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7 Rules Of Money You Need To Know

There are several ways to make money with the most common ways being earning a salary, generating income business income or earnings from your streams of passive income. You can also get wealthy by inheriting a fortune, although only a small fraction of the world’s population is born with a “silver spoon”.

So, if you belong to the large group of people that weren’t born into rich families, and you are serious about gaining wealth, then I urge you to stay with me as I share the7 rules of money you definitely need to know!

Rule #1: Use Good Debt and Avoid Bad Debt

Only a few people are in a position to pay cash for everything they need in life. These things include a car, home, and a college education. It is possible to live debt-free, however, being in debt isn’t all that bad. This of course depends on the kind of debt you have. The real question is whether it’s good debt or bad debt.

First, what is a good debt?

Good debt can be considered to be an investment. The things you get via good debt usually increase in value or generate income in the long term. An example of good debt could be a student loan. A student loan will take care of a student’s tuition fees and other academic materials all through their time in college. It attracts very little interest, and it increases the individual’s value by preparing them for future employment. Then, the loans are repaid after the student has graduated and is gainfully employed.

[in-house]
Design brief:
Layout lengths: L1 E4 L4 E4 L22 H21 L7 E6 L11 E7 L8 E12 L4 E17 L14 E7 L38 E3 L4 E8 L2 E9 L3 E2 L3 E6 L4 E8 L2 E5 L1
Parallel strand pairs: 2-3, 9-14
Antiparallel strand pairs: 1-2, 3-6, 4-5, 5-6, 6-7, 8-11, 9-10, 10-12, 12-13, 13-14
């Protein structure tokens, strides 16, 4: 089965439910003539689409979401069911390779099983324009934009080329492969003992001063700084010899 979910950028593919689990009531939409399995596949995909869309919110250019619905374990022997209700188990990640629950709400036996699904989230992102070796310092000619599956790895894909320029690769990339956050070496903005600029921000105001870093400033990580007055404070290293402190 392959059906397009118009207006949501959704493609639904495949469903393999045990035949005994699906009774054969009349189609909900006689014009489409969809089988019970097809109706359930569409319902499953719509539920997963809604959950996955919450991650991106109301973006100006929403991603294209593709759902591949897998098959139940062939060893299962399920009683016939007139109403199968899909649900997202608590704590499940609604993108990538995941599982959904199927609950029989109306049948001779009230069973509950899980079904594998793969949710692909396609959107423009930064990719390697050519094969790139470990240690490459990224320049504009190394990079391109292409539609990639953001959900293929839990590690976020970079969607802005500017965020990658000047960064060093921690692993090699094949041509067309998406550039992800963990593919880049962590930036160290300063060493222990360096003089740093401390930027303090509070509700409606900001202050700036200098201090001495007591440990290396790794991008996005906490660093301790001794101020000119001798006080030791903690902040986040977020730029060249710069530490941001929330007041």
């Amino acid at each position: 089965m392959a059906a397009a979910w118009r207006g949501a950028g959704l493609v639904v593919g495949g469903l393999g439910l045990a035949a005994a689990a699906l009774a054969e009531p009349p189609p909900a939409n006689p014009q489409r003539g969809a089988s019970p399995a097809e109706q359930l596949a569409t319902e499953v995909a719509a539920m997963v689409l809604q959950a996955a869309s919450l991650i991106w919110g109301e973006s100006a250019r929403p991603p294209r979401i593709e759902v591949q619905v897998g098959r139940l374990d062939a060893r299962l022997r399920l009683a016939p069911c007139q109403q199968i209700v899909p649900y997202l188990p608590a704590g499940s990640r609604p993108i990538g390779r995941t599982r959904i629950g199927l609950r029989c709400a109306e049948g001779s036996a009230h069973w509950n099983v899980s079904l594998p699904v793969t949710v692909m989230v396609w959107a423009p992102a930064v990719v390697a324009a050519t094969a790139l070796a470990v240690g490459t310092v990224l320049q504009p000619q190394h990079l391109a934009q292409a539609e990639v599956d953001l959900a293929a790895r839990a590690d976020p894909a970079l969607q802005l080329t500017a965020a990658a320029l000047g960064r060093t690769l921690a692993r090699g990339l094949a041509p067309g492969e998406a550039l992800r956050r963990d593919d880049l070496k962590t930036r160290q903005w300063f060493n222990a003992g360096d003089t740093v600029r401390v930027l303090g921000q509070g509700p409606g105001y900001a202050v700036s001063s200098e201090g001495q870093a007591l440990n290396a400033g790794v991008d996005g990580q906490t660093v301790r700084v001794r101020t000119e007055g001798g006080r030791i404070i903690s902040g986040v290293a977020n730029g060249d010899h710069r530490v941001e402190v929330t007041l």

Another example of good debt is a mortgage. Mortgages are typically very low-interest forms of debt that are spread out over long periods of time. Not to mention, the interest on a mortgage is also tax-deductible.

Since payment is spread over such a long period of time, you will have the opportunity to use the cash you have at hand to invest in other ventures. You could actually rent out a portion of your home and generate some money from it while you are still repaying. Let’s not forget, the chances of property increasing in market value over time are higher than the chances of reducing in value.

Now, on the contrary, there is bad debt.